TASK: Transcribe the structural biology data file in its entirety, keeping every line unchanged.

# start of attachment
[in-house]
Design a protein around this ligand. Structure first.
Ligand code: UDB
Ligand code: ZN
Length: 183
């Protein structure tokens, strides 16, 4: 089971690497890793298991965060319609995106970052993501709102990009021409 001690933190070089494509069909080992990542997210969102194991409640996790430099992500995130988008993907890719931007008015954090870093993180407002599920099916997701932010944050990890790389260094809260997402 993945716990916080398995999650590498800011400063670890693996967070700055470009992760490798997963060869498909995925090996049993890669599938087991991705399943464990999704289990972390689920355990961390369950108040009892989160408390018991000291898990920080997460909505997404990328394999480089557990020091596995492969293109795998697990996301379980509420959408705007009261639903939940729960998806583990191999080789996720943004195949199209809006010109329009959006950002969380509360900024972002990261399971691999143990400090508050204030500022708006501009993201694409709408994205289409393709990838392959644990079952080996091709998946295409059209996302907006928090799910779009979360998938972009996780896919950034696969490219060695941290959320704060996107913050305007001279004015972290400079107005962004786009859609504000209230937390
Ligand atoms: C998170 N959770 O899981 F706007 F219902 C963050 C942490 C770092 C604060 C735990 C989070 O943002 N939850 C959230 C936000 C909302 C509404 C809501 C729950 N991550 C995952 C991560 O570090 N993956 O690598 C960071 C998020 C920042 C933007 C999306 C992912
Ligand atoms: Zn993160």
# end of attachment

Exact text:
[in-house]
Design a protein around this ligand. Structure first.
Ligand code: UDB
Ligand code: ZN
Length: 183
């Protein structure tokens, strides 16, 4: 089971690497890793298991965060319609995106970052993501709102990009021409 001690933190070089494509069909080992990542997210969102194991409640996790430099992500995130988008993907890719931007008015954090870093993180407002599920099916997701932010944050990890790389260094809260997402 993945716990916080398995999650590498800011400063670890693996967070700055470009992760490798997963060869498909995925090996049993890669599938087991991705399943464990999704289990972390689920355990961390369950108040009892989160408390018991000291898990920080997460909505997404990328394999480089557990020091596995492969293109795998697990996301379980509420959408705007009261639903939940729960998806583990191999080789996720943004195949199209809006010109329009959006950002969380509360900024972002990261399971691999143990400090508050204030500022708006501009993201694409709408994205289409393709990838392959644990079952080996091709998946295409059209996302907006928090799910779009979360998938972009996780896919950034696969490219060695941290959320704060996107913050305007001279004015972290400079107005962004786009859609504000209230937390
Ligand atoms: C998170 N959770 O899981 F706007 F219902 C963050 C942490 C770092 C604060 C735990 C989070 O943002 N939850 C959230 C936000 C909302 C509404 C809501 C729950 N991550 C995952 C991560 O570090 N993956 O690598 C960071 C998020 C920042 C933007 C999306 C992912
Ligand atoms: Zn993160």